It may be surprising that a technology that leads to a saving of about a third of the time leads to more than twice the number of manageable customers. Apart from the fact that few things travel in a straight line in nature and even less in economics, this is typical of systems presenting process inefficiencies and “bottlenecks”. Furthermore, data science and customer intelligence go hand in hand and, yes, small miracles happen.
However, new customers to serve are equivalent to new masses under management or new premium income. But, since customers obey to a Pareto law like the one in the following chart (estimated on the real population), where very few have much and many have little, this probably means that you are going to deal with customers with less potential. Usually consultants and agents focus on the top 20% of the customer base, so we’re talking about the remaining 80%.
Let’s focus on investment products for an easier calculation, and let’s just evaluate the annual increase in AuM associated with new customers, shown in the following graph: in 90% of the simulated cases the increase in AuM is between 20% and 46%, with a median of 33%. The same increase is expected in commissions, if we assume that they do not change much by increasing the number of customers.
This result is affected by the assumption that all new customers are smaller than the current ones. All of them. This is an over-conservative hypothesis, since among the “small customers” there is a share of high potential customers3. By admitting that some new customers may be important in terms of size, the increase in AuM (and consequently in commissions) has improved significantly and 95% of the time is more than 40%, with an average of 80%.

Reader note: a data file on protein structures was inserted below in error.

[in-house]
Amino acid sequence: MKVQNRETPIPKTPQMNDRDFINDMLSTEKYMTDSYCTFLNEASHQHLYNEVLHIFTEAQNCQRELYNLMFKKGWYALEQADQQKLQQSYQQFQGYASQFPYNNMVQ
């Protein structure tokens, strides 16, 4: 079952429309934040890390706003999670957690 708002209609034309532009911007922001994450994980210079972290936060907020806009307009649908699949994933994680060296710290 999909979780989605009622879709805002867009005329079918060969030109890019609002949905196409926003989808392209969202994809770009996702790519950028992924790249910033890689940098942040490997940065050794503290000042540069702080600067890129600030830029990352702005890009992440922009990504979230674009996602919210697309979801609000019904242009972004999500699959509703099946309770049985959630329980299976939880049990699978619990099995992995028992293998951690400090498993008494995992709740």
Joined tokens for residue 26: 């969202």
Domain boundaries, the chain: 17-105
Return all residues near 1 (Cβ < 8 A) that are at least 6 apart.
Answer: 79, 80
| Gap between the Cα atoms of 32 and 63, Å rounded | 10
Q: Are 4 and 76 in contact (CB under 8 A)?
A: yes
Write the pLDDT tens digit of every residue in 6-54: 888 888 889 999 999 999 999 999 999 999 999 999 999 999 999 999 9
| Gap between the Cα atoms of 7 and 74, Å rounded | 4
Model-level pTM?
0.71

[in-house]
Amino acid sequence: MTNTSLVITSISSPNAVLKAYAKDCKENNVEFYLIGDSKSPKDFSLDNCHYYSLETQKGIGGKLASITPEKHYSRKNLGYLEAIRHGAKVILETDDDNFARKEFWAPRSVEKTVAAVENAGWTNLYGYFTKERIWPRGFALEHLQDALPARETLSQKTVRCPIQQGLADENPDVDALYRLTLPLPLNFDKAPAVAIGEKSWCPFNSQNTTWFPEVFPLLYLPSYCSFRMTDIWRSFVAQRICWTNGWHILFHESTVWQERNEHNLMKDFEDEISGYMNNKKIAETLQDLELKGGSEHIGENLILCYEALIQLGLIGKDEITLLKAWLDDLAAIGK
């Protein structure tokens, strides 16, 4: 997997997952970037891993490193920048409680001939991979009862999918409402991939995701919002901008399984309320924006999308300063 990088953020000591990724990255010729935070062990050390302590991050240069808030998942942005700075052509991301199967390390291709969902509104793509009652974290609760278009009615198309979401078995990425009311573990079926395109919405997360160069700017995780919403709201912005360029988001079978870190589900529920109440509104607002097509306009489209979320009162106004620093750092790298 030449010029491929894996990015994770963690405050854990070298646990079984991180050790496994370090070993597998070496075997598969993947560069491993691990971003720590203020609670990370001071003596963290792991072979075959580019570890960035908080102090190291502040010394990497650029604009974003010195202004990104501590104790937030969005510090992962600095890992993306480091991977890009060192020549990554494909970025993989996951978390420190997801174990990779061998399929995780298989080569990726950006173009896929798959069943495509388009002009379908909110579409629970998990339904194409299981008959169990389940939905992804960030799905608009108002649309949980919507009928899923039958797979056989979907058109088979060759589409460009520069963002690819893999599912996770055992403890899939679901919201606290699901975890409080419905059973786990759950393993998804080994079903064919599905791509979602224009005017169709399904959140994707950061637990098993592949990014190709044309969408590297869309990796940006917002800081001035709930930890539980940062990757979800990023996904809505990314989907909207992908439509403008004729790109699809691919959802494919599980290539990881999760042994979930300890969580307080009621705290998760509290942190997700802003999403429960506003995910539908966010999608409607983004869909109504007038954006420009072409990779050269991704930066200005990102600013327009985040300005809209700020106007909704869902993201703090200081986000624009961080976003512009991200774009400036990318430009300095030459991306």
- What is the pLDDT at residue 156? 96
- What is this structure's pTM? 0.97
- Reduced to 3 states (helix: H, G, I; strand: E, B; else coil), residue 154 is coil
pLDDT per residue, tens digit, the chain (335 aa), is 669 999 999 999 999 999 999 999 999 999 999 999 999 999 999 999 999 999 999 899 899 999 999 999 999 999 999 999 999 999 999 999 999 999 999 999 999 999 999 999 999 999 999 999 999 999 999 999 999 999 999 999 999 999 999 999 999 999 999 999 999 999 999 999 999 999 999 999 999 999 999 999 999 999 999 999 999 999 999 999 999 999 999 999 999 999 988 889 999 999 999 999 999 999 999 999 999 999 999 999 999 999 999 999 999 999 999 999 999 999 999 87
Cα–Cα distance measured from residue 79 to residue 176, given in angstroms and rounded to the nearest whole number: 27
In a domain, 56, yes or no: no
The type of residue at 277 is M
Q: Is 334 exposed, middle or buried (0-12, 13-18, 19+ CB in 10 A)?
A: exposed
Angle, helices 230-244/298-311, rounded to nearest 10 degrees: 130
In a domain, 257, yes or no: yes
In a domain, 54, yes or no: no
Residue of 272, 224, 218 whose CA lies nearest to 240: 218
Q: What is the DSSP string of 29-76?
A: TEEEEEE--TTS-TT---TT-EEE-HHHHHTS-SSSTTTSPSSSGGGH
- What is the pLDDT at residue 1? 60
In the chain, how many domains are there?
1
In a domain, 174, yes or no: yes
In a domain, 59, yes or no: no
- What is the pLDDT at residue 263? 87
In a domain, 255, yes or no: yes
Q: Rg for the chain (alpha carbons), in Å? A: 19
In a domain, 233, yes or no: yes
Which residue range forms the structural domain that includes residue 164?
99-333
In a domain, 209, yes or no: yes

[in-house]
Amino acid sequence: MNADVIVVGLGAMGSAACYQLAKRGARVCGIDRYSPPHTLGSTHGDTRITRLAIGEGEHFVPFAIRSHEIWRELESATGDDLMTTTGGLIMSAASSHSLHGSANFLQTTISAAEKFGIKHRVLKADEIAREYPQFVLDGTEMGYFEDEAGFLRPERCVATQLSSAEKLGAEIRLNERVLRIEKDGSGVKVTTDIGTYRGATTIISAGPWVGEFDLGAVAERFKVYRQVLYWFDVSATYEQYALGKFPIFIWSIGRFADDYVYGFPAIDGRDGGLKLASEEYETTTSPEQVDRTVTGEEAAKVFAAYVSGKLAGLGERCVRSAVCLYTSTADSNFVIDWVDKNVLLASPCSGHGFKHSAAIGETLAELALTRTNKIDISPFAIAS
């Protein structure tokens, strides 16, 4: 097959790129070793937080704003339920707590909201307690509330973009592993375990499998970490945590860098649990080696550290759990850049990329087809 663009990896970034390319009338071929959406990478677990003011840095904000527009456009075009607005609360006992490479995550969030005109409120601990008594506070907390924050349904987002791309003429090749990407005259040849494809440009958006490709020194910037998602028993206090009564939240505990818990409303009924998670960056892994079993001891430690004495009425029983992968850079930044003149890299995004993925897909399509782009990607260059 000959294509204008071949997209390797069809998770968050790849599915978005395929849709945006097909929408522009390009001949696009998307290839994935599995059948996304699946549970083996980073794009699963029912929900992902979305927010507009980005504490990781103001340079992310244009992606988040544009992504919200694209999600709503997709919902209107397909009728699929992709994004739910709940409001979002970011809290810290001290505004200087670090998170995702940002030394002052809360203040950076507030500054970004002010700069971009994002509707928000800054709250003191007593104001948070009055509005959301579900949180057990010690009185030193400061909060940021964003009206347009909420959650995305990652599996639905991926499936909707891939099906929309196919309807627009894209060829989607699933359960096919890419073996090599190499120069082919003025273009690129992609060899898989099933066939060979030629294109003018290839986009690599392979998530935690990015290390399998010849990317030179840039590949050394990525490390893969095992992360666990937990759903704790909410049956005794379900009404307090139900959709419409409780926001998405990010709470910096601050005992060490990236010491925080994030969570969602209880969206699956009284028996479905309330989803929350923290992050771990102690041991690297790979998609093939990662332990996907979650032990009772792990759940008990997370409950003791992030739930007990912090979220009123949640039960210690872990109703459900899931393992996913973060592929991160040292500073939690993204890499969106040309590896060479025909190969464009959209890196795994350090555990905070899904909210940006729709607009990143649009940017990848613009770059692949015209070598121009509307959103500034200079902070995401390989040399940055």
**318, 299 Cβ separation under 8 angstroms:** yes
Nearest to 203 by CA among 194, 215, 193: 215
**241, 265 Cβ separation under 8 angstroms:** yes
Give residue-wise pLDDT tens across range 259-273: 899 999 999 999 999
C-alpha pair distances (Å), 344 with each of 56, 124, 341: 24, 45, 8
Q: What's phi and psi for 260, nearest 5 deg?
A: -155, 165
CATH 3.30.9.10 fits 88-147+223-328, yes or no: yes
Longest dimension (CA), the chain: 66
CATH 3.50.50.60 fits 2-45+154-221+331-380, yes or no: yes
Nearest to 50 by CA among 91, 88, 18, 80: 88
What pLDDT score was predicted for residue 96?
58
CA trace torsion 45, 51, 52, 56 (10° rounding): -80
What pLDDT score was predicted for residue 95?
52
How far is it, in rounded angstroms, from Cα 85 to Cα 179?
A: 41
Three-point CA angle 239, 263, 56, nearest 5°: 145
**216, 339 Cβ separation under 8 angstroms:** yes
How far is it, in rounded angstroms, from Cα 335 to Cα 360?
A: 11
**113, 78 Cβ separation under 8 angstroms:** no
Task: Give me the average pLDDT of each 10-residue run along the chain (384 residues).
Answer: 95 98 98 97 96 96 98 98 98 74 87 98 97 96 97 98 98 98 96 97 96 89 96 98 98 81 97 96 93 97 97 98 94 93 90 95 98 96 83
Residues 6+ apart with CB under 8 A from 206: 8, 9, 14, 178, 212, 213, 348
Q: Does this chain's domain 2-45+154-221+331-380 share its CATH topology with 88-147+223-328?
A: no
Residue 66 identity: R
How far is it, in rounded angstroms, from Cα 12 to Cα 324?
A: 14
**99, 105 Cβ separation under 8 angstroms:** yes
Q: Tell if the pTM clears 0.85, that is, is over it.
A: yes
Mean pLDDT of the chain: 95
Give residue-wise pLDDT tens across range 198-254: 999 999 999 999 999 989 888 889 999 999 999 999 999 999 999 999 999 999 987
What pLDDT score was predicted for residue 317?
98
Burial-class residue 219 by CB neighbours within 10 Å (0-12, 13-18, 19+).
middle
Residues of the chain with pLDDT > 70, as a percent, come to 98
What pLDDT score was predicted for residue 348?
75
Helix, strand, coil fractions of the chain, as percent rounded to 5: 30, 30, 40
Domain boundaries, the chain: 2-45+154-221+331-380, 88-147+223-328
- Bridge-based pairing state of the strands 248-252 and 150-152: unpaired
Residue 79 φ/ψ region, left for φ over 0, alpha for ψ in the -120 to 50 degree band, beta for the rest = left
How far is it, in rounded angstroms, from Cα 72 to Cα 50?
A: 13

As a whole, the results are comparable to the estimates of a completely different nature – for example, McKinsey estimates4 that advanced analytics lead to an increase in revenue between 15% and 60%.
This remains a “toy model”, good for having a first rough idea about the impact of digital innovation and data science. It is clear that there are other benefits of great importance: just think of the increase in the quality of customer service – something that will in turn increase customer loyalty and lead to an improvement in the life-time value.
The ability here is to find the right organizational model to combine:
- technology and use of digital channels – always available, with simultaneous parallel scalable processes;
- experience and professionalism of the consultant – only available at certain times, impossible to use in conjunction with and little/no scalable.
The benefit is an important leap forward in terms of quality, productivity and therefore profitability.
SideKYC® is an advanced data analytics software created by Virtual B for banks and insurance companies. SideKYC® can profile customers, identify individual needs and map them with the best product.
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1 – Wanted at Banks: Young Tech Pros with Old-Tech Smarts, fonte: American Banker
2 – Queueing Theory, autore: Ivo Adan e Jacques Resing
3 – Lo strano caso dei clienti mignon, autore: Raffaele Zenti
4 – Advanced analytics in asset management: Beyond the buzz, fonte: McKinsey & Company